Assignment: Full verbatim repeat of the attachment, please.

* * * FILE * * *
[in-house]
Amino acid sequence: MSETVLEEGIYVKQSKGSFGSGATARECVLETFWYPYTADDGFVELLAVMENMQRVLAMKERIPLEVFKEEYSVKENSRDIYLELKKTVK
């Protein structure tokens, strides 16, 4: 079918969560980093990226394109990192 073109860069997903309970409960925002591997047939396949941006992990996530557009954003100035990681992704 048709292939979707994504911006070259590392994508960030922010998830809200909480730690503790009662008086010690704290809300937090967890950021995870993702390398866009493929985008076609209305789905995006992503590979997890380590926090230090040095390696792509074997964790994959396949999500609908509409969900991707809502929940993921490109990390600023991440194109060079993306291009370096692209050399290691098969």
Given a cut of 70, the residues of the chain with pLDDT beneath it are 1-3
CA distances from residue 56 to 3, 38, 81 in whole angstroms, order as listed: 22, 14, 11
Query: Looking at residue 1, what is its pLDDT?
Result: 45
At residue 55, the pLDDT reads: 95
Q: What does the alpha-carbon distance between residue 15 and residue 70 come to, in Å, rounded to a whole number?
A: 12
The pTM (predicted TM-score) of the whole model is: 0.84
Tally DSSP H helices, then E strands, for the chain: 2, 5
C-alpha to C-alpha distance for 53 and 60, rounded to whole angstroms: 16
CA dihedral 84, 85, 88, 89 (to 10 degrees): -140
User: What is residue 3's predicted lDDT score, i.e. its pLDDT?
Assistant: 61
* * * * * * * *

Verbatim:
[in-house]
Amino acid sequence: MSETVLEEGIYVKQSKGSFGSGATARECVLETFWYPYTADDGFVELLAVMENMQRVLAMKERIPLEVFKEEYSVKENSRDIYLELKKTVK
């Protein structure tokens, strides 16, 4: 079918969560980093990226394109990192 073109860069997903309970409960925002591997047939396949941006992990996530557009954003100035990681992704 048709292939979707994504911006070259590392994508960030922010998830809200909480730690503790009662008086010690704290809300937090967890950021995870993702390398866009493929985008076609209305789905995006992503590979997890380590926090230090040095390696792509074997964790994959396949999500609908509409969900991707809502929940993921490109990390600023991440194109060079993306291009370096692209050399290691098969």
Given a cut of 70, the residues of the chain with pLDDT beneath it are 1-3
CA distances from residue 56 to 3, 38, 81 in whole angstroms, order as listed: 22, 14, 11
Query: Looking at residue 1, what is its pLDDT?
Result: 45
At residue 55, the pLDDT reads: 95
Q: What does the alpha-carbon distance between residue 15 and residue 70 come to, in Å, rounded to a whole number?
A: 12
The pTM (predicted TM-score) of the whole model is: 0.84
Tally DSSP H helices, then E strands, for the chain: 2, 5
C-alpha to C-alpha distance for 53 and 60, rounded to whole angstroms: 16
CA dihedral 84, 85, 88, 89 (to 10 degrees): -140
User: What is residue 3's predicted lDDT score, i.e. its pLDDT?
Assistant: 61